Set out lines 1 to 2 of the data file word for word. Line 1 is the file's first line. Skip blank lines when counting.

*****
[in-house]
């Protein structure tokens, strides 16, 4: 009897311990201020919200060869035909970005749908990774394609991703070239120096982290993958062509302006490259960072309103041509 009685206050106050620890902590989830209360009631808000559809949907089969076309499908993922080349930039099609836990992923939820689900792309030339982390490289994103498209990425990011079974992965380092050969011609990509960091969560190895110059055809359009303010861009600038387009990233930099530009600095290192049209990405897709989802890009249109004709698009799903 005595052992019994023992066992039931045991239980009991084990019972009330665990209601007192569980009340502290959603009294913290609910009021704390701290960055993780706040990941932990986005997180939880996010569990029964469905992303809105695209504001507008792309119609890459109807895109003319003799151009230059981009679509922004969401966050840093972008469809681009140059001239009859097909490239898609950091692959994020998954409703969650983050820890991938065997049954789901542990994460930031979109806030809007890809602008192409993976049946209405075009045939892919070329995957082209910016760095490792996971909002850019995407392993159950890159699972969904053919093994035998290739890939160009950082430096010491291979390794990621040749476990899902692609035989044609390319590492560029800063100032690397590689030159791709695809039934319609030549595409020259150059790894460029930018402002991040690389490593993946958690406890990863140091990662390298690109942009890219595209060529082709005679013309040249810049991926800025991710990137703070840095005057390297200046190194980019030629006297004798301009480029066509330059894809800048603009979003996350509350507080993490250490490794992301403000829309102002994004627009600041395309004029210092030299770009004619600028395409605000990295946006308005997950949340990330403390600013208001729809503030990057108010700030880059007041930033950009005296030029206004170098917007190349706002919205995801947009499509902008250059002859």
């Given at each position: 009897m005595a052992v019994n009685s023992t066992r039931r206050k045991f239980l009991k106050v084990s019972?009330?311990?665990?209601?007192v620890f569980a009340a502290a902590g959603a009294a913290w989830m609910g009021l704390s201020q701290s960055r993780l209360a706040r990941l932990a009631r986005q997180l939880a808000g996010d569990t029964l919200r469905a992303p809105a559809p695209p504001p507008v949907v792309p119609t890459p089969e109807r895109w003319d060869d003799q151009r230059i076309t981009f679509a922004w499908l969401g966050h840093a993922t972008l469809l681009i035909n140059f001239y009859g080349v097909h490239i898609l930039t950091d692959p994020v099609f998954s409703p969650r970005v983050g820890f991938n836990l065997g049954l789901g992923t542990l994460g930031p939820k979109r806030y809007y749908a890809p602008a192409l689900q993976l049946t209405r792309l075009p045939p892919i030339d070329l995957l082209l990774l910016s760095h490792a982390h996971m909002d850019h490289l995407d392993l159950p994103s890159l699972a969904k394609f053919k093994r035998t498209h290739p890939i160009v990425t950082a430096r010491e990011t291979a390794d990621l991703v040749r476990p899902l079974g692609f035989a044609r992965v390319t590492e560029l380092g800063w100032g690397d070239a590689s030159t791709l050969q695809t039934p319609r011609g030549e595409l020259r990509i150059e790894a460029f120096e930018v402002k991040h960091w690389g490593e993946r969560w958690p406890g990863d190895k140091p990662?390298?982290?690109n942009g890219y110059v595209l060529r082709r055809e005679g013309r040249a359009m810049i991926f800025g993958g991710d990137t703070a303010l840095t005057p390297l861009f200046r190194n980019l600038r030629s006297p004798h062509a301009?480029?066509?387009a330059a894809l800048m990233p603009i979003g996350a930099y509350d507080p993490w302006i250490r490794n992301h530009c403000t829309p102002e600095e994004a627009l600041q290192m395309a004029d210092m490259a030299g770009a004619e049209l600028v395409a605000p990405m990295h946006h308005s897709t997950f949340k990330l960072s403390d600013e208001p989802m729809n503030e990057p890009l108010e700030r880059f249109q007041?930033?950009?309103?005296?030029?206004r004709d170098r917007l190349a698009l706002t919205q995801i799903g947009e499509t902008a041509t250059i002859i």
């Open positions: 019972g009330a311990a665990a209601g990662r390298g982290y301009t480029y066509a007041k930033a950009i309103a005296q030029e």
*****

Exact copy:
[in-house]
């Protein structure tokens, strides 16, 4: 009897311990201020919200060869035909970005749908990774394609991703070239120096982290993958062509302006490259960072309103041509 009685206050106050620890902590989830209360009631808000559809949907089969076309499908993922080349930039099609836990992923939820689900792309030339982390490289994103498209990425990011079974992965380092050969011609990509960091969560190895110059055809359009303010861009600038387009990233930099530009600095290192049209990405897709989802890009249109004709698009799903 005595052992019994023992066992039931045991239980009991084990019972009330665990209601007192569980009340502290959603009294913290609910009021704390701290960055993780706040990941932990986005997180939880996010569990029964469905992303809105695209504001507008792309119609890459109807895109003319003799151009230059981009679509922004969401966050840093972008469809681009140059001239009859097909490239898609950091692959994020998954409703969650983050820890991938065997049954789901542990994460930031979109806030809007890809602008192409993976049946209405075009045939892919070329995957082209910016760095490792996971909002850019995407392993159950890159699972969904053919093994035998290739890939160009950082430096010491291979390794990621040749476990899902692609035989044609390319590492560029800063100032690397590689030159791709695809039934319609030549595409020259150059790894460029930018402002991040690389490593993946958690406890990863140091990662390298690109942009890219595209060529082709005679013309040249810049991926800025991710990137703070840095005057390297200046190194980019030629006297004798301009480029066509330059894809800048603009979003996350509350507080993490250490490794992301403000829309102002994004627009600041395309004029210092030299770009004619600028395409605000990295946006308005997950949340990330403390600013208001729809503030990057108010700030880059007041930033950009005296030029206004170098917007190349706002919205995801947009499509902008250059002859």